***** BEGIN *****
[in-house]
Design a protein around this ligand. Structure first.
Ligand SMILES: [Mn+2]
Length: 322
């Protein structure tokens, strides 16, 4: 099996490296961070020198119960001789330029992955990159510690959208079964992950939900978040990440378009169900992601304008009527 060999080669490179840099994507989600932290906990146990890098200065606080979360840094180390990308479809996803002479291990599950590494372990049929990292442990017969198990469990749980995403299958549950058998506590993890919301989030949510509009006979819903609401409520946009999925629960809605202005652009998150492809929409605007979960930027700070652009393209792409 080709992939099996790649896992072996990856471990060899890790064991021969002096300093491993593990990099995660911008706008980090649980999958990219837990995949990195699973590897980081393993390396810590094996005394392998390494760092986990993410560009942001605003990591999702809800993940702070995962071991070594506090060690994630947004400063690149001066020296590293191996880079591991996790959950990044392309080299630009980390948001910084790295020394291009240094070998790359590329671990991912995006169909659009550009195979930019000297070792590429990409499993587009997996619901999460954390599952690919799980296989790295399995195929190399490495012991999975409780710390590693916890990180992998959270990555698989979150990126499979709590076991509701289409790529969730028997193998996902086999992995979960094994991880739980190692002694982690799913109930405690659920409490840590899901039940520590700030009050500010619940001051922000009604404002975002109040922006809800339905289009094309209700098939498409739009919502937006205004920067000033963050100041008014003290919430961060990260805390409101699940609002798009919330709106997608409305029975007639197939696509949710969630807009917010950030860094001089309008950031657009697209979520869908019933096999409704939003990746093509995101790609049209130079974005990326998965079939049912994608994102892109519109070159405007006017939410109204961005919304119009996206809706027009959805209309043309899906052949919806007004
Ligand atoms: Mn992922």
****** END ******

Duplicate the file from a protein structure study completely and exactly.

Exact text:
[in-house]
Design a protein around this ligand. Structure first.
Ligand SMILES: [Mn+2]
Length: 322
């Protein structure tokens, strides 16, 4: 099996490296961070020198119960001789330029992955990159510690959208079964992950939900978040990440378009169900992601304008009527 060999080669490179840099994507989600932290906990146990890098200065606080979360840094180390990308479809996803002479291990599950590494372990049929990292442990017969198990469990749980995403299958549950058998506590993890919301989030949510509009006979819903609401409520946009999925629960809605202005652009998150492809929409605007979960930027700070652009393209792409 080709992939099996790649896992072996990856471990060899890790064991021969002096300093491993593990990099995660911008706008980090649980999958990219837990995949990195699973590897980081393993390396810590094996005394392998390494760092986990993410560009942001605003990591999702809800993940702070995962071991070594506090060690994630947004400063690149001066020296590293191996880079591991996790959950990044392309080299630009980390948001910084790295020394291009240094070998790359590329671990991912995006169909659009550009195979930019000297070792590429990409499993587009997996619901999460954390599952690919799980296989790295399995195929190399490495012991999975409780710390590693916890990180992998959270990555698989979150990126499979709590076991509701289409790529969730028997193998996902086999992995979960094994991880739980190692002694982690799913109930405690659920409490840590899901039940520590700030009050500010619940001051922000009604404002975002109040922006809800339905289009094309209700098939498409739009919502937006205004920067000033963050100041008014003290919430961060990260805390409101699940609002798009919330709106997608409305029975007639197939696509949710969630807009917010950030860094001089309008950031657009697209979520869908019933096999409704939003990746093509995101790609049209130079974005990326998965079939049912994608994102892109519109070159405007006017939410109204961005919304119009996206809706027009959805209309043309899906052949919806007004
Ligand atoms: Mn992922």